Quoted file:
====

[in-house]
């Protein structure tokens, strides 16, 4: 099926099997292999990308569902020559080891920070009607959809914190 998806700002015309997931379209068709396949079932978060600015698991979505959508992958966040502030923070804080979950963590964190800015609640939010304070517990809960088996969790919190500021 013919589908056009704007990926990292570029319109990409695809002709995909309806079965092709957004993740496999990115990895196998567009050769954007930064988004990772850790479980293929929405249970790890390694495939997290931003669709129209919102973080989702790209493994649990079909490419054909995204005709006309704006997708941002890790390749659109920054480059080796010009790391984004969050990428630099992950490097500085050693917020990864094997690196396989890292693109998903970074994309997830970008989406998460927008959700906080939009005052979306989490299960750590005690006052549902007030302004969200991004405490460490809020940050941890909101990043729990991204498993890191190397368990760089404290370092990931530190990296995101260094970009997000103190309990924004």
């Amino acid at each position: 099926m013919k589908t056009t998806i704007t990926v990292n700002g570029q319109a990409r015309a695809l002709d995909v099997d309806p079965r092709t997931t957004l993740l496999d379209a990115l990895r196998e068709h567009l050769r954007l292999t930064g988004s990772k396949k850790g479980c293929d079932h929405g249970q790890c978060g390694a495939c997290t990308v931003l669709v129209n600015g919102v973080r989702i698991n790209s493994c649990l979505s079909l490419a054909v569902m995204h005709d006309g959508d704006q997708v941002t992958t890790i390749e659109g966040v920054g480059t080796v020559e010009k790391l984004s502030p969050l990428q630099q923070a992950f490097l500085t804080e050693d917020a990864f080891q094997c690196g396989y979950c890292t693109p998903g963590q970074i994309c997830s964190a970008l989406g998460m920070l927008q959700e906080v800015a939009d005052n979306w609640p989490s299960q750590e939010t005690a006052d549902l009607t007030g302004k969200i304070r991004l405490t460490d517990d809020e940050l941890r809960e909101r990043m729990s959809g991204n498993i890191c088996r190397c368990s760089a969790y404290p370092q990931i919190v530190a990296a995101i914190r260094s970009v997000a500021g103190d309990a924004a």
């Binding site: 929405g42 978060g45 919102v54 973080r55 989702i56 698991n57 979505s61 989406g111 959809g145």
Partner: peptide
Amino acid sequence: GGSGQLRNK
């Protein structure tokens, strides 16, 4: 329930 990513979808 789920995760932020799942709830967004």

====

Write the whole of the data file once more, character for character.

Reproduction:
[in-house]
């Protein structure tokens, strides 16, 4: 099926099997292999990308569902020559080891920070009607959809914190 998806700002015309997931379209068709396949079932978060600015698991979505959508992958966040502030923070804080979950963590964190800015609640939010304070517990809960088996969790919190500021 013919589908056009704007990926990292570029319109990409695809002709995909309806079965092709957004993740496999990115990895196998567009050769954007930064988004990772850790479980293929929405249970790890390694495939997290931003669709129209919102973080989702790209493994649990079909490419054909995204005709006309704006997708941002890790390749659109920054480059080796010009790391984004969050990428630099992950490097500085050693917020990864094997690196396989890292693109998903970074994309997830970008989406998460927008959700906080939009005052979306989490299960750590005690006052549902007030302004969200991004405490460490809020940050941890909101990043729990991204498993890191190397368990760089404290370092990931530190990296995101260094970009997000103190309990924004």
């Amino acid at each position: 099926m013919k589908t056009t998806i704007t990926v990292n700002g570029q319109a990409r015309a695809l002709d995909v099997d309806p079965r092709t997931t957004l993740l496999d379209a990115l990895r196998e068709h567009l050769r954007l292999t930064g988004s990772k396949k850790g479980c293929d079932h929405g249970q790890c978060g390694a495939c997290t990308v931003l669709v129209n600015g919102v973080r989702i698991n790209s493994c649990l979505s079909l490419a054909v569902m995204h005709d006309g959508d704006q997708v941002t992958t890790i390749e659109g966040v920054g480059t080796v020559e010009k790391l984004s502030p969050l990428q630099q923070a992950f490097l500085t804080e050693d917020a990864f080891q094997c690196g396989y979950c890292t693109p998903g963590q970074i994309c997830s964190a970008l989406g998460m920070l927008q959700e906080v800015a939009d005052n979306w609640p989490s299960q750590e939010t005690a006052d549902l009607t007030g302004k969200i304070r991004l405490t460490d517990d809020e940050l941890r809960e909101r990043m729990s959809g991204n498993i890191c088996r190397c368990s760089a969790y404290p370092q990931i919190v530190a990296a995101i914190r260094s970009v997000a500021g103190d309990a924004a």
């Binding site: 929405g42 978060g45 919102v54 973080r55 989702i56 698991n57 979505s61 989406g111 959809g145």
Partner: peptide
Amino acid sequence: GGSGQLRNK
């Protein structure tokens, strides 16, 4: 329930 990513979808 789920995760932020799942709830967004």